No wonder Mr. Modi derided bureaucrats in Parliament in February 2021. Defending private sector and privatisation, he posed: "Will the Babus do everything? If one becomes IAS will he/she do everything like running fertiliser industries, chemical industries or flying a plane...what are we going achieve by handing over our country to Babus".
Notwithstanding such negativity, the fact remains that DM gets hands-on experiences of all facets of development, regulation and general administration while serving in districts. The Collector is not only jack of all trades but also master of all in the district.
As put by Dr. Manmohan Singh as PM at the Collectors' Conference held in May 2010, "The Collector or the District Magistrate remains even today the linchpin of the administrative system in India".
He stated: "The role of the Collector in our system has always been a most critical one. The Collector is an inter-sectoral functionary who is the source of strength of this institution, which stood the test of time. Over the years, the role of the Collector has dramatically changed adding on several development-related responsibilities that do complicate his or her basic regulatory functions".
One such additional responsibility flows from MP or MLA local area development (MPLAD / MLA-LAD) scheme introduced in the nineties. Under this, each MP / MLA gets certain annual allocation of funds with which he/she can facilitate certain projects in his/her constituency. The clearance of the project and its funds are routed through district collectorate. This scheme driven interface between elected representatives and DMs is taxing on time and energy of DM and his team.
It is apt to cite certain observations made by Committee on Civil Service Reforms that submitted its report to Union Government under chairmanship of P.C. Hota in July 2004.
According to the Report, the public perception is that "District Magistrates and Collectors and Superintendents of Police are spending too much time in protocol and security duties. To ensure that District Magistrates and Collectors and other senior officers in field formation get time to interact with the common people and solve their problems, protocol and security duties of these officials must be reviewed to limit their ceremonial functions".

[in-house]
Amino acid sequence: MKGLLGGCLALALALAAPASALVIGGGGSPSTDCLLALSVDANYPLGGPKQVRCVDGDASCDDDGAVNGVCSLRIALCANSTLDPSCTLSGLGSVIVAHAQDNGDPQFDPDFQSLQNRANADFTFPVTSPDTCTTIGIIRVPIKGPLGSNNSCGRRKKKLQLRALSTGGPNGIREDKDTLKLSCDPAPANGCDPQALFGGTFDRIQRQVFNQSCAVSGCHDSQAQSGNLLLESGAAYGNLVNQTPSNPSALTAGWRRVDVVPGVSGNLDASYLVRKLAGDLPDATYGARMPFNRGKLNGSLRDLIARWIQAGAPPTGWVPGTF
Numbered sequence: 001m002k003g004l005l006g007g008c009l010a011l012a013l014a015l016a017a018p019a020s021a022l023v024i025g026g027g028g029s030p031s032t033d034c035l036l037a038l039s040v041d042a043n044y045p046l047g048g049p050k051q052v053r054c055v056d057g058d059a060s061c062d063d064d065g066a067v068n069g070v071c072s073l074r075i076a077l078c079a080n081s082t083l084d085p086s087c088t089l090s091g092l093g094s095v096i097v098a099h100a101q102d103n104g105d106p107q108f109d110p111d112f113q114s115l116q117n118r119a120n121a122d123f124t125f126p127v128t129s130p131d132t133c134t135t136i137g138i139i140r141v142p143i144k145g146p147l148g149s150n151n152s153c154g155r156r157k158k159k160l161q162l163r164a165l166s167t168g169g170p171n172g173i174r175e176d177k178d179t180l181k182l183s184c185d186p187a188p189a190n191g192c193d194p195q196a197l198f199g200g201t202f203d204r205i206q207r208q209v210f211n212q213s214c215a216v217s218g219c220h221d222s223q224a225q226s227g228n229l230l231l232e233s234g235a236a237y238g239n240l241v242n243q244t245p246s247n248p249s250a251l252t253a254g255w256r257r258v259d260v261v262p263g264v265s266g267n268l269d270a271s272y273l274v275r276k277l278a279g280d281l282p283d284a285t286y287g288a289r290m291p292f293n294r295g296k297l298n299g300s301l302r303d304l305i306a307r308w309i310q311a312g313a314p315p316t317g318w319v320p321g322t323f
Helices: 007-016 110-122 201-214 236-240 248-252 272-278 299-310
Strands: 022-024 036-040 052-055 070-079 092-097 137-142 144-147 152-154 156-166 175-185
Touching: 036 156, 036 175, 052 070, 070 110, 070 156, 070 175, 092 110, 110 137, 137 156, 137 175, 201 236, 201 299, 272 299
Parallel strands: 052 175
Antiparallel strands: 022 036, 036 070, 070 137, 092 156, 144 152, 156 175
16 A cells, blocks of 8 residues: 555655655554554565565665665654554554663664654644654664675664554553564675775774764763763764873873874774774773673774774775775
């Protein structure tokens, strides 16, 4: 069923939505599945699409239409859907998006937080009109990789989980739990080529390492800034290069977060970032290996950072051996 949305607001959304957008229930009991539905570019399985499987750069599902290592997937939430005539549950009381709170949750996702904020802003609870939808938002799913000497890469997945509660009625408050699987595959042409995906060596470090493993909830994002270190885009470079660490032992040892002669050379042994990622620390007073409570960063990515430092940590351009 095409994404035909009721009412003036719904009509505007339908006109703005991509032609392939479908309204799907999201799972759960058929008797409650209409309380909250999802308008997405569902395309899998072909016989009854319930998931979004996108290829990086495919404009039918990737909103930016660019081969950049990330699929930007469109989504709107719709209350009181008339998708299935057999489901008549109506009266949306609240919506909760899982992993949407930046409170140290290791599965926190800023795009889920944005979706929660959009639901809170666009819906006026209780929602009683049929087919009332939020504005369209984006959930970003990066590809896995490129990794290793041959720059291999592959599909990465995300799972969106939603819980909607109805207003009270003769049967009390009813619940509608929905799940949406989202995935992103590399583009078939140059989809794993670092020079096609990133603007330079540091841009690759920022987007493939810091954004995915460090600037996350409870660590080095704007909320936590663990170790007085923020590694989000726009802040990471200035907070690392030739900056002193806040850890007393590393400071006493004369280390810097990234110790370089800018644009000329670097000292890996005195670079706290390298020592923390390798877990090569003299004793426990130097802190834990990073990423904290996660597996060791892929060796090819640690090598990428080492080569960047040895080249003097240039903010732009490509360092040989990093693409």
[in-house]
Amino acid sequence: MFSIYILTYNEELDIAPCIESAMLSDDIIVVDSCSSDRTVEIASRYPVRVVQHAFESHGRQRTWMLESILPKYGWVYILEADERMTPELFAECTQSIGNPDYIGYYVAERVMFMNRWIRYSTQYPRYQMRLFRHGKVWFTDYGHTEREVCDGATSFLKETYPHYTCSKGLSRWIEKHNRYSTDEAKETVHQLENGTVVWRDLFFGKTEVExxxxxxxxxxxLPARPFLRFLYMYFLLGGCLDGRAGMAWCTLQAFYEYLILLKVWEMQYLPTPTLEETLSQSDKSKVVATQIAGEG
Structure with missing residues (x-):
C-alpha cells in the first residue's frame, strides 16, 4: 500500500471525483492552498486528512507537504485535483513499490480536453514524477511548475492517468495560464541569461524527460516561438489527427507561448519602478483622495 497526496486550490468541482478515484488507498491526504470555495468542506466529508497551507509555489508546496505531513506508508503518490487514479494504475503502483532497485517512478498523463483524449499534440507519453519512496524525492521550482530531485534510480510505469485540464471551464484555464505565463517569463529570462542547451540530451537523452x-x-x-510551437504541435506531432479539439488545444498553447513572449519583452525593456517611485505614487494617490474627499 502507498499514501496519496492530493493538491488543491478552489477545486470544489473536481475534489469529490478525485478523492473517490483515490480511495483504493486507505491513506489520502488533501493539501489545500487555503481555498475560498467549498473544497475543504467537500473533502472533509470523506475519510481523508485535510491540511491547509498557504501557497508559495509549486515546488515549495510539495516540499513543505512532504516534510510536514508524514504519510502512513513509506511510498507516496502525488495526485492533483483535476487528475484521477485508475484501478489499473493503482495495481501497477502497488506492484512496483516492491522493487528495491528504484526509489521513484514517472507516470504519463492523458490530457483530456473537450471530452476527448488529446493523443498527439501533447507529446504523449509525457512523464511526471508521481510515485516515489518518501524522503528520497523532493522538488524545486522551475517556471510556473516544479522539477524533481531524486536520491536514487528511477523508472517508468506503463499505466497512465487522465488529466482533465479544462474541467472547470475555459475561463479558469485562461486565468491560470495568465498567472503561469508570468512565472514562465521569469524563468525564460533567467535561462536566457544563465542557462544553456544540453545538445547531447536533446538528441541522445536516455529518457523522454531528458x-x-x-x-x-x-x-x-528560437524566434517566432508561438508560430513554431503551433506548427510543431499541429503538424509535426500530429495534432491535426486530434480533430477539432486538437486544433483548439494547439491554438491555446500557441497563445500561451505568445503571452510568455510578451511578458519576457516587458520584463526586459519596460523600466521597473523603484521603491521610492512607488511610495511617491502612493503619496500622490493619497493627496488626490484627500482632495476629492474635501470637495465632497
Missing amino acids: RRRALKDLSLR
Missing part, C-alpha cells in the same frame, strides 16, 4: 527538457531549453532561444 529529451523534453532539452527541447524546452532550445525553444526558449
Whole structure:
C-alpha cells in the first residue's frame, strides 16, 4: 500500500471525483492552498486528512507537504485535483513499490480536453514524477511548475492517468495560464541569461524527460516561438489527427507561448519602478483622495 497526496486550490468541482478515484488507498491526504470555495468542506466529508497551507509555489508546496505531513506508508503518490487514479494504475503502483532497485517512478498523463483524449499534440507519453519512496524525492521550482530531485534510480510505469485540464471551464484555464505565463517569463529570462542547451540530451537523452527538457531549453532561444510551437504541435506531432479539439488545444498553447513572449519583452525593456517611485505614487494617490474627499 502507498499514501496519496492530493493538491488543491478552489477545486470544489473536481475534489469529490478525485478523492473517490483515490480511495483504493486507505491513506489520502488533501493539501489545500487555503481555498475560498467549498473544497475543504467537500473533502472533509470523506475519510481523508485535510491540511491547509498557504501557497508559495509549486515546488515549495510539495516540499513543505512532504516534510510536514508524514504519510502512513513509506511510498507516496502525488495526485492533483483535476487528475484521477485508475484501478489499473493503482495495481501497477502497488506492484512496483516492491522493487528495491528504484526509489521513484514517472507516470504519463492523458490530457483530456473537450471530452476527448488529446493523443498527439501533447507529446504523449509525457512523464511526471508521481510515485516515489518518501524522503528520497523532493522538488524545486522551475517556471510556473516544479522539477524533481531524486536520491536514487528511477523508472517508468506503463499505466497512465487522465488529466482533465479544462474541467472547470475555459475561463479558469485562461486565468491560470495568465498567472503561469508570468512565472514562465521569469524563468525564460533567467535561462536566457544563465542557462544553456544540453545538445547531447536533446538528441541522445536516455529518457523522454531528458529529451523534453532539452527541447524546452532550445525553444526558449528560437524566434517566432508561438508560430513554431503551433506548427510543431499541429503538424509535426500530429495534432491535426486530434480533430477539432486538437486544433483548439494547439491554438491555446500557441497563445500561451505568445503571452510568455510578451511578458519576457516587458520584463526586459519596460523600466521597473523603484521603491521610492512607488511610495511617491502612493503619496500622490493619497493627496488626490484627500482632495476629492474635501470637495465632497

That apart, frequent transfer of DMs and SDMs due to political considerations affects district administration. Such issues call for radical reforms.
This brings us to the shelved or forgotten agenda for governance reforms mooted during UPA and earlier regimes.
The 2 nd ARC's 15th report deserves revisit by the Centre. It mooted convergence of urban and rural local governance bodies into district council. It suggested that this should serve as district government. It also recommended substantial changes in the responsibilities of Collector. UPA Government didn't accept these recommendations.
The Government should seriously consider the idea of district government even if it requires constitutional amendment. A district council can facilitate cohesive and wholesome development of district as well as resolution of its problems.
Simultaneously, the Government should consider segregating the role of DM, Collector and Deputy Commissioner into three separate offices. This would help DM to focus on conflict resolution in district to avoid law and order problems. This would also help Collector to concentrate on revenue mobilization efficiency. This would also enable Deputy Commissioner to focus on implementation and monitoring of schemes. The three officials should constitute the district executive council ably assisted by sub-divisional magistrates, block development officers etc. The senior-most IAS official among the three should be designated Chief Executive Officer of District.
This is a mere proposal. Better ideas would perhaps emerge if Modi Government issues a discussion paper on district administration/ Collector. It should list all key points of numerous administrative reforms committee reports.
A report that deserves mention is the 1953 report captioned ' Public Administration in India - Report of a Survey by Paul H. Appleby, Consultant in Public Administration, The Ford Foundation '. Popularly known as Appleby report, it was commissioned by Prime Minister Jawaharlal Nehru. The report pitched for clarifying and consolidating the responsibilities of Collector.
As put by the Report, "The collector is so broadly responsible and overburdened that one of his primary functions has suffered seriously... He is responsible to everybody for everything, though with varying degrees of clarity. No one can hold him responsible for anything in particular, and few facilities for checking his performance exist".